Believe it or not, this issue raises a serious concern. What if I have an issue that only the governor of Virginia and his staff can solve? Much like his campaign, will they choose to ignore me and others if it doesn’t suit their purpose? Could we be looking at a four-year term where the governor doesn’t serve all the people, but rather the select few he deems worthy? Think it can’t happen? Well, I assure you it can. Back in 2014, I repeatedly asked my state senator’s legislative assistant for a meeting with my state senator. However, he constantly refused, declaring that sharing my ideas with my elected official would be a waste of his time. Until my state senator hired a new legislative assistant after his old one left, I could not schedule an appointment, a period encompassing almost an entire year. And, to make matters worse, many of these Gillespie staffers who refuse to answer my questions now also previously worked for my state senator, Mark Obenshain.
I appreciate the fact that, so far, when I have asked the Libertarian, Cliff Hyra, a question, he has responded in less than 24 hours. I’ve spoken with him several times as I do like asking questions. And, when I asked my latest question to the campaign of Democratic candidate Ralph Northam, his campaign politely answered within a few hours. And then we have Ed Gillespie, too busy to be bothered to answer the questions of ” that troublemaker from the Shenandoah Valley.”
This weekend, Denver Riggleman hosted an event for Ed Gillespie and the Republican Party at his distillery. When asked about the race for governor, Delegate Dickie Bell (R-Staunton), the only member of the General Assembly to block me on Facebook, (which a judge has recently ruled might be a violation of the 1st Amendment) said, “I think we want to win. You know, some folks are going to have to swallow hard if they have to.” I’m sorry to say it Delegate Bell, but I’m not going to “swallow hard” and support a candidate that doesn’t share my values and refuses to speak with me simply because his campaign has branded him the lesser of two evils.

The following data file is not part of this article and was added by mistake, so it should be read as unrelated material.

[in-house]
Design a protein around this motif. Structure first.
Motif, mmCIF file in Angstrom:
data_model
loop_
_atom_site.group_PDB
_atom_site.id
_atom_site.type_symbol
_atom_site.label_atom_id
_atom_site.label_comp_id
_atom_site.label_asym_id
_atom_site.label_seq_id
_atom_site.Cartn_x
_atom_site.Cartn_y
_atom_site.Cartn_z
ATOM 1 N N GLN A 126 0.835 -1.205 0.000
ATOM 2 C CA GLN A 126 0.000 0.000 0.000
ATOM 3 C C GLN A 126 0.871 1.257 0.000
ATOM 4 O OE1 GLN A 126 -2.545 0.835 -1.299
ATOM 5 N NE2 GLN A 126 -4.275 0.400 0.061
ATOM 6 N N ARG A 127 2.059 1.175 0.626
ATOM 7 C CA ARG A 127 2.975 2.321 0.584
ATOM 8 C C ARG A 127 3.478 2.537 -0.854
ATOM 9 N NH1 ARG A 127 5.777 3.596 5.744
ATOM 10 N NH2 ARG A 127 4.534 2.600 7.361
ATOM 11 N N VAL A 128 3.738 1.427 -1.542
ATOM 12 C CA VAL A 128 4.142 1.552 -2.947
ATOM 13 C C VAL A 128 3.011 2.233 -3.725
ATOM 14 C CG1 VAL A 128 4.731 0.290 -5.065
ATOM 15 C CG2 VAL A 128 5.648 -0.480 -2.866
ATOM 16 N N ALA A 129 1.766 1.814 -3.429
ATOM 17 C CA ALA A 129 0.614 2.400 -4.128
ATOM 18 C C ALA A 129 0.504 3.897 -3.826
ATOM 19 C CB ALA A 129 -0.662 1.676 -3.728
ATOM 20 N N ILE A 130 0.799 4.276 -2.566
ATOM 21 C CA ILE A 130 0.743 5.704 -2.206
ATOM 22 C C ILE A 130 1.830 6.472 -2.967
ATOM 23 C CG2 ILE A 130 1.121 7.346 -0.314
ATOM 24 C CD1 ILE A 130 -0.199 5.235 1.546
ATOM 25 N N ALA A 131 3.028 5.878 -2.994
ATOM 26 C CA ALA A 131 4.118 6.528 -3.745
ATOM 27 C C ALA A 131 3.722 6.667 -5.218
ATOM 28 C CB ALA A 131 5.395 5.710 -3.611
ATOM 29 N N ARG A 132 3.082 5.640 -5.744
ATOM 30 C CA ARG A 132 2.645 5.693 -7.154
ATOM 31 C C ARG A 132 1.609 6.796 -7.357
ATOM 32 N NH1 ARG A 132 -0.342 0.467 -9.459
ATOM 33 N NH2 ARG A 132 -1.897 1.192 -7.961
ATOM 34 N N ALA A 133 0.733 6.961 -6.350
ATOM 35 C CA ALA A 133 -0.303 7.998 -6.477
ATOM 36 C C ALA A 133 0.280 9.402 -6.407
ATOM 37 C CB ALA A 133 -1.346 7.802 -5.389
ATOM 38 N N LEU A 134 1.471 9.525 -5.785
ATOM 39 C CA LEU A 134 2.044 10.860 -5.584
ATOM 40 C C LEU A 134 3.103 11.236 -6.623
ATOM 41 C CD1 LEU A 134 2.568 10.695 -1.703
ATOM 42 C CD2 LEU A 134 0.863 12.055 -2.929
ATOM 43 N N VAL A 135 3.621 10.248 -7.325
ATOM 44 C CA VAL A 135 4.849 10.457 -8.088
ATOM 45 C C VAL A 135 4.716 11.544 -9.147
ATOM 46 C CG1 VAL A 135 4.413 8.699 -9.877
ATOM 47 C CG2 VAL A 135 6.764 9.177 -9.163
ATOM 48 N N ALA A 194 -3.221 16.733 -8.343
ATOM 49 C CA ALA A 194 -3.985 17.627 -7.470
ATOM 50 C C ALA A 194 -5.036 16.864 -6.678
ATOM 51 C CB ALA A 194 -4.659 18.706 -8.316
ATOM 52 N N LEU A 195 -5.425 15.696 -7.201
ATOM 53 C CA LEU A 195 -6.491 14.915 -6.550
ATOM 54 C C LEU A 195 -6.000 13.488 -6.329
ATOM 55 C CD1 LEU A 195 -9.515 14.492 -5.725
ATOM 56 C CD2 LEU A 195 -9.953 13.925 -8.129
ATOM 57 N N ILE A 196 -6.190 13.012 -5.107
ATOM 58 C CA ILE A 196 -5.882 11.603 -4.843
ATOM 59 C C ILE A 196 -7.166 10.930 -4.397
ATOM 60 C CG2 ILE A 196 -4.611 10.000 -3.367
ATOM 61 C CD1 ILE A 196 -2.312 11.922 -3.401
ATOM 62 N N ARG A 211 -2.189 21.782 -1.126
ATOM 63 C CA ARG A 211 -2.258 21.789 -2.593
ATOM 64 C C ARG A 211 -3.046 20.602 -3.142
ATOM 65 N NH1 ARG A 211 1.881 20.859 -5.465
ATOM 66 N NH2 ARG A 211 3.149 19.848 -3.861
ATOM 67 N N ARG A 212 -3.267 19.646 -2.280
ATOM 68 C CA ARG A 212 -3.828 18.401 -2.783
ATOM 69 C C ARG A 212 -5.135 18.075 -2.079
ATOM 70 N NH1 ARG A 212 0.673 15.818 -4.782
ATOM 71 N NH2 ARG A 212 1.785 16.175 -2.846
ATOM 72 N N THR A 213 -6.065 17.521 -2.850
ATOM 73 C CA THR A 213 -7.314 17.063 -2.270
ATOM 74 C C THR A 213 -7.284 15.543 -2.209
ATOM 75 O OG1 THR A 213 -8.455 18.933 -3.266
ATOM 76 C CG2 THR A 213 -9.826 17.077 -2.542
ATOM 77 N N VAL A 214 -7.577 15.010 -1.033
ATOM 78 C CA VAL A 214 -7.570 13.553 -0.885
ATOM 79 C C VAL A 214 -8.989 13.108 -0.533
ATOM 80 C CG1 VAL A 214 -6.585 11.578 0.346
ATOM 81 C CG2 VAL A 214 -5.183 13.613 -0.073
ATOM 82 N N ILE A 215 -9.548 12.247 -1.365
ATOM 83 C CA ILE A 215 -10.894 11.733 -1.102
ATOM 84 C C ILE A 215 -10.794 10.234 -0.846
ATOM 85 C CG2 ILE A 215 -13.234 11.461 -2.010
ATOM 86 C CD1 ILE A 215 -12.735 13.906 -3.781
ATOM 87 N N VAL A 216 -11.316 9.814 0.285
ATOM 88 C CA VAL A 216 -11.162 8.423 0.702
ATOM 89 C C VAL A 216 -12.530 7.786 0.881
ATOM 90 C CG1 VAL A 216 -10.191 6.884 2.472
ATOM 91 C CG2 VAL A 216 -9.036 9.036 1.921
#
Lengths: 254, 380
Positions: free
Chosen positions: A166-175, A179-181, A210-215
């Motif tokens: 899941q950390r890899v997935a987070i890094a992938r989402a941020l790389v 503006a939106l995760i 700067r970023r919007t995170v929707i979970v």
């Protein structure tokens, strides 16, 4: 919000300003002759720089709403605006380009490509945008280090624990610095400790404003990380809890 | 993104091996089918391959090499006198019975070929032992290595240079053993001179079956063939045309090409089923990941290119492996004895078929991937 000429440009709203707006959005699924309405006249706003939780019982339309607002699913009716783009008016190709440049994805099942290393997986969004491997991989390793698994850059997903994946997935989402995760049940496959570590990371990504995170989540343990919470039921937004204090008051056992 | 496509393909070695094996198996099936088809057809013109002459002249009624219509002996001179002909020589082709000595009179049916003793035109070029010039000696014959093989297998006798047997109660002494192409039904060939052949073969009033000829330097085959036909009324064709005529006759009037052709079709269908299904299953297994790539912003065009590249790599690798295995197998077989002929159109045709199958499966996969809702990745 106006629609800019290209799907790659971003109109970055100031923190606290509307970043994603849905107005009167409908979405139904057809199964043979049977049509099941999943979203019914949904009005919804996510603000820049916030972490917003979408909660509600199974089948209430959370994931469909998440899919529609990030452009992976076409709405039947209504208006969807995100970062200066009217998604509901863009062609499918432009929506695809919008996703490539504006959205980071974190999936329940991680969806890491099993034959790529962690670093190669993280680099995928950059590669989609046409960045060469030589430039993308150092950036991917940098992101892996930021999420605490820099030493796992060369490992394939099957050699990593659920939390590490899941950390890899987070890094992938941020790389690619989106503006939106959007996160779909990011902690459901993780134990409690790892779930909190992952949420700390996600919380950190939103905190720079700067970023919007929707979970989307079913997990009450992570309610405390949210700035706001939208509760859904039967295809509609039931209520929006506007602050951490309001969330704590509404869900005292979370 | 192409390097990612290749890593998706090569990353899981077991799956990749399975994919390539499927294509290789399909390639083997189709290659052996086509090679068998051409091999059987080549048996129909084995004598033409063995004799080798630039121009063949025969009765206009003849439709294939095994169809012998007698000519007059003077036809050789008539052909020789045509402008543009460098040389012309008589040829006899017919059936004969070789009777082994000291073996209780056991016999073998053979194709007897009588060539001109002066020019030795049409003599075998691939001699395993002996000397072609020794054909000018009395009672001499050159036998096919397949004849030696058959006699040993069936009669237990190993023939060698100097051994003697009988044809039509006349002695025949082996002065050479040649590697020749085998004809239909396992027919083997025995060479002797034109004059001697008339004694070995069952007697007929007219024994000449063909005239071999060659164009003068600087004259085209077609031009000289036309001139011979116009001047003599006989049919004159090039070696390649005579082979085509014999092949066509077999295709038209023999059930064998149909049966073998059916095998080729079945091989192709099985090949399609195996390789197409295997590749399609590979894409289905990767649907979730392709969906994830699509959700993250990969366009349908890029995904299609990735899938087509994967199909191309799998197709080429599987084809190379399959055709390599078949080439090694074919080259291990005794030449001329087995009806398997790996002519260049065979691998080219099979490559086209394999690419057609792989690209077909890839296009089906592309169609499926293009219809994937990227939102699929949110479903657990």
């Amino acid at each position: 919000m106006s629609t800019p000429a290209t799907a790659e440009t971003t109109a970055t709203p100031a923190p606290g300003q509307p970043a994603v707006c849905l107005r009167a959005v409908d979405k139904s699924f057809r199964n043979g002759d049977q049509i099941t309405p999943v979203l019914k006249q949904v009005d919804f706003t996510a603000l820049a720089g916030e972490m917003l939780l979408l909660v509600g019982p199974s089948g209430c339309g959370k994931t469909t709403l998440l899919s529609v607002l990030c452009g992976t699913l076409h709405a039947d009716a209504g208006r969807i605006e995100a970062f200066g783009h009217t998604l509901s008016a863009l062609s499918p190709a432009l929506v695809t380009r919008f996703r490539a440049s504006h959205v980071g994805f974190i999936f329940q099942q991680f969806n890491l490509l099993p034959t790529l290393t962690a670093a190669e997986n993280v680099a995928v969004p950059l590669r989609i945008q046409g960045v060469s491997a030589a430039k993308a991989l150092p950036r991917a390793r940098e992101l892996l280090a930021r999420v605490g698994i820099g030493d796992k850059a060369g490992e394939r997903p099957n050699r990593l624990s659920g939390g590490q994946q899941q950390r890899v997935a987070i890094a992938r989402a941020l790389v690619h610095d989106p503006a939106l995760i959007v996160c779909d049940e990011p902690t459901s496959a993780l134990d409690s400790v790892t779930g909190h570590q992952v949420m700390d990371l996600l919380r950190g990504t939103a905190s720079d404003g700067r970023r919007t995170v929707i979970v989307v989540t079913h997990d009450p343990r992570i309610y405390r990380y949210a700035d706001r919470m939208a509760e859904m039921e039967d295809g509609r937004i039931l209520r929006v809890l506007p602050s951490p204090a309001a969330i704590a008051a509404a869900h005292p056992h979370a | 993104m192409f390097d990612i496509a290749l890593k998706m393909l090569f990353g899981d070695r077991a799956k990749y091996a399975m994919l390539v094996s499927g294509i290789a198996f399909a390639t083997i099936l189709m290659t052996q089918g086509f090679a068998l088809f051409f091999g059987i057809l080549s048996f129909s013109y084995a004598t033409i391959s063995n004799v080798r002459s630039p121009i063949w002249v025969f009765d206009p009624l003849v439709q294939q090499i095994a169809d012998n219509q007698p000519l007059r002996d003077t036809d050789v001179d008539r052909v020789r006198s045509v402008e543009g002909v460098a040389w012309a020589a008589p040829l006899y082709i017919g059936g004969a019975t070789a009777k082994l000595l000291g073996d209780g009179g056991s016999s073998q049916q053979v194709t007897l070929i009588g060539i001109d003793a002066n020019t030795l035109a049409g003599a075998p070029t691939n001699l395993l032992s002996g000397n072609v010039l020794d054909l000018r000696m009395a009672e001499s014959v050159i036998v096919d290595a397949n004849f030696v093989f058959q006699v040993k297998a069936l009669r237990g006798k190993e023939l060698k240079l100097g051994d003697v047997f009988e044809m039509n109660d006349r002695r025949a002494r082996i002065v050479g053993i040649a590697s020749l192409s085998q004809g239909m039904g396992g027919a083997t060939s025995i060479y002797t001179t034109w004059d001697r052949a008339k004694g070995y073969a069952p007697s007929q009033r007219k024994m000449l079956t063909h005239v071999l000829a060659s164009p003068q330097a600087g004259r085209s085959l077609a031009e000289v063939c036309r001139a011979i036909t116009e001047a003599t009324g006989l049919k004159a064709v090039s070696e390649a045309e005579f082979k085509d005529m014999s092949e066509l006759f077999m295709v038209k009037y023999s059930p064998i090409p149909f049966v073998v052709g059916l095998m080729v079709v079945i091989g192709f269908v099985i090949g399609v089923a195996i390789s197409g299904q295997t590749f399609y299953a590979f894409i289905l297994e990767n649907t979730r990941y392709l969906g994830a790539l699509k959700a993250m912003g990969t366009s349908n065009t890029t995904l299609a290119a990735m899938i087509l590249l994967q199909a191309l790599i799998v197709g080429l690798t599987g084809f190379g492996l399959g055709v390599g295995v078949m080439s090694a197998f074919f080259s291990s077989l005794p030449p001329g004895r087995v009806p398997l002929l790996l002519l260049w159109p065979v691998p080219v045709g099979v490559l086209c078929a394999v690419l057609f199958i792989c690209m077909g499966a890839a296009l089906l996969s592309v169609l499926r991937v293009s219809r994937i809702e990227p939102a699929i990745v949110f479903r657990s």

As I stated at the beginning of this piece, yes, I want to win too. My victory isn’t achieved simply by electing the nominee of a particular party, but rather by electing a man or woman who shares my values and isn’t afraid to speak with anyone and tackle the tough issues of the day. And, to answer the Gillespie campaign’s other criticism, I don’t plan to split the vote but rather direct my fellow conservatives and liberty-minded folks to the candidate who most closely shares our principles. If Mr. Gillespie proves himself to be that candidate, then I’ll be happy to support him. But, if he isn’t that candidate, then he would actually be the person who is trying to split the vote. I urge you not to be afraid to ask questions of your elected officials and those seeking office. At least these are my thoughts on the matter, but everyone knows that I’m that troublemaker from the Shenandoah Valley.